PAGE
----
Toronto mental health centre offers culturally sensitive help


Online courses and pandemic isolation have taken a toll on the mental health of many students. But for those coming here from other countries to study, the stress is even harder.

That’s why Hong Fook Mental Health recently created a new program, specifically to address the needs of Asian university students in the Toronto area.

“I’d say the top thing is isolation because once people lose the opportunity to meet with others, face to face, they feel like they are losing connections between one another,” says peer counsellor Ambrose Jing.

The 26-year-old began at Hong Fook as a participant in the youth program. She says students have been doing courses and assignments online, without family or other supports in Canada. Even though more people are gathering together now, many foreign students are still hesitant to open up to strangers, especially in a different language.

Executive Director Bonnie Wong says Hong Fook has been helping new immigrants overcome language barriers for 40 years now.

“With translation services, escort services, so they have access to professionals to get help,” Wong said.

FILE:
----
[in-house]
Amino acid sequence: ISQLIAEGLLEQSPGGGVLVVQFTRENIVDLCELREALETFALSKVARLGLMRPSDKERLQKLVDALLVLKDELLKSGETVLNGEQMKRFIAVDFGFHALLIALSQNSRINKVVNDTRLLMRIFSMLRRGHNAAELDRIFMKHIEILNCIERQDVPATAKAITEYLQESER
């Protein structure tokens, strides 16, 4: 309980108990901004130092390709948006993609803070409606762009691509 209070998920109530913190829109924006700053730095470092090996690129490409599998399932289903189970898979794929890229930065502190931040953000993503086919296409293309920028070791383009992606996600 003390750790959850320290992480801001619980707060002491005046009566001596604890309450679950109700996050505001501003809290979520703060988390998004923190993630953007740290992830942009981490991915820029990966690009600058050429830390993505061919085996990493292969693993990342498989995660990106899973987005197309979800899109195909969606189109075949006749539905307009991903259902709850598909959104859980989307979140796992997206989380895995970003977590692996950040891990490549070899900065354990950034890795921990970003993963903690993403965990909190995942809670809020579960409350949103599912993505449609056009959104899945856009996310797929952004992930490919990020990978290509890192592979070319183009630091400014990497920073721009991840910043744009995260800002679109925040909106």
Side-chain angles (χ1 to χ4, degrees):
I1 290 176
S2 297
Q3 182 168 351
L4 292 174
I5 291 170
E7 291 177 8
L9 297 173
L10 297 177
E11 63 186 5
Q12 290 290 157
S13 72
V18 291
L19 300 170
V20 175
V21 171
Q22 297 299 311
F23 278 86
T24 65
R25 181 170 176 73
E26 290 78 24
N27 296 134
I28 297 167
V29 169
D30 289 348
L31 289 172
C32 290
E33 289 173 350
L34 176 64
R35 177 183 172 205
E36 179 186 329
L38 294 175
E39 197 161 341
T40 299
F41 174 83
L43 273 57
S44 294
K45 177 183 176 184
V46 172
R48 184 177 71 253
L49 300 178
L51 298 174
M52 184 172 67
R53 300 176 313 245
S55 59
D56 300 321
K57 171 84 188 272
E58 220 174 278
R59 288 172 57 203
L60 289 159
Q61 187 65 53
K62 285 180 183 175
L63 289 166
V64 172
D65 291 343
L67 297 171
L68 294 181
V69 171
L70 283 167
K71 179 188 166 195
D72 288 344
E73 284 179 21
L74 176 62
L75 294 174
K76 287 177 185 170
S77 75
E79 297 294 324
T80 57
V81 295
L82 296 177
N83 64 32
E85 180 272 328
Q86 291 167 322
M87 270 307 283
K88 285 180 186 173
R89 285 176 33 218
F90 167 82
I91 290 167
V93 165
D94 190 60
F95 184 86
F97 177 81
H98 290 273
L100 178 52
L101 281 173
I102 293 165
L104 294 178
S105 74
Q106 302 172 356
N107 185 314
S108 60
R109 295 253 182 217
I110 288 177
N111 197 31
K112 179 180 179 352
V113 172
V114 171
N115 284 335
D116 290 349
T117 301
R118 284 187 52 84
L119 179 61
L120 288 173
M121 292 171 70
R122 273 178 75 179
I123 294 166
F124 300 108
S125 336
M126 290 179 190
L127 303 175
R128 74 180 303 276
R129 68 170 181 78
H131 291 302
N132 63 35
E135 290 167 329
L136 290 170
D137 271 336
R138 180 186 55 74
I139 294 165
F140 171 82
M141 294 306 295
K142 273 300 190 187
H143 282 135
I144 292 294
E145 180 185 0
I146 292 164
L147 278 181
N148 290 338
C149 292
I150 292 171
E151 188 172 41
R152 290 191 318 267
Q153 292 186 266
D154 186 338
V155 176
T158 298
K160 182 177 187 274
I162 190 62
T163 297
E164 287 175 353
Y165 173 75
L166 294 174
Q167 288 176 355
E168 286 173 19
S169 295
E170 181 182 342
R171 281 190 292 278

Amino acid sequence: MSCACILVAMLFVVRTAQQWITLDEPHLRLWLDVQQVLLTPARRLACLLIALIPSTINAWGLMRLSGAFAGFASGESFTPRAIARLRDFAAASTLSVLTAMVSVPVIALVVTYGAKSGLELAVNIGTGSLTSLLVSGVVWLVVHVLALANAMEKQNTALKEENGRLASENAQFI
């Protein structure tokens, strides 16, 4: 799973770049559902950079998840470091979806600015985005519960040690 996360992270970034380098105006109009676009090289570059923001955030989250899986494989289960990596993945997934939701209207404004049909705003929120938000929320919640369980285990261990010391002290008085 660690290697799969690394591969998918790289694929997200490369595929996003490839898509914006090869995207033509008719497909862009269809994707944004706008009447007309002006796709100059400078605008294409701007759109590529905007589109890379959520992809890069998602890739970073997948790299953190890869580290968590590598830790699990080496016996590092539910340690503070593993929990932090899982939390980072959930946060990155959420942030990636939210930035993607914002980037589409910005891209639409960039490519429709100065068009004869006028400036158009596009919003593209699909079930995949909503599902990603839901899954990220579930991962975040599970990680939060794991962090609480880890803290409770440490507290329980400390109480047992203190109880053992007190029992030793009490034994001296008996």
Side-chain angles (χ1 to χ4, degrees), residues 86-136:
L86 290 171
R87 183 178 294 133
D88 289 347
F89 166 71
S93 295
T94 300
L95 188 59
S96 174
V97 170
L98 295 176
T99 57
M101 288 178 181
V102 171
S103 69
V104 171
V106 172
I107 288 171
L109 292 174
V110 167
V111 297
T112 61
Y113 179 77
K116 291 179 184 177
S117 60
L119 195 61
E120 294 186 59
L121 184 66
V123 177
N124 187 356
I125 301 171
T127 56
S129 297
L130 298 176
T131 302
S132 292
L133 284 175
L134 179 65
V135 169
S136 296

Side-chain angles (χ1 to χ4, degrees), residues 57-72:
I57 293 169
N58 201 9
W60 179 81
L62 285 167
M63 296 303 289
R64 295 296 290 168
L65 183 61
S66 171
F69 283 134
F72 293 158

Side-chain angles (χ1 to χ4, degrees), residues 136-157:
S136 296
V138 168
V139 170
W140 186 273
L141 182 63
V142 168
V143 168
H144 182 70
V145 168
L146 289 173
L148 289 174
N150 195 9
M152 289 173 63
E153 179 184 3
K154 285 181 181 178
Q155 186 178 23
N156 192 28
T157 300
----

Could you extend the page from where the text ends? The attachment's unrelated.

She says the organization began in 1982, when Canada began seeing a wave of immigrants from Southeast Asia, like Vietnam, Cambodia, and Laos. Later, immigrants from Hong Kong and then mainland China came, each group with different language needs.

Today, Hong Fook offers services in Cantonese, Mandarin, Vietnamese and Korean, plus staff often speak additional Asian languages.

And the mental health programs are presented in a culturally sensitive way.

In many Asian societies, “mental illness may be seen as a kind of family shame or weakness,” explains Wong.

Statistics show that even without language barriers, 56 per cent of people in Canada aren’t getting the mental health support they need.

Ironically, for the new International Students peer support group, the main language of communication is English. But Jing says they sometimes break into their home tongues for some lighter topics, like foods and pop culture, both Western and Asian.

She says the program doesn’t offer therapy, so much as a safe space for young people to express their emotions and tell their stories.

And she has a message of hope for Bell Let’s Talk Day – “You’ll be doing alright.”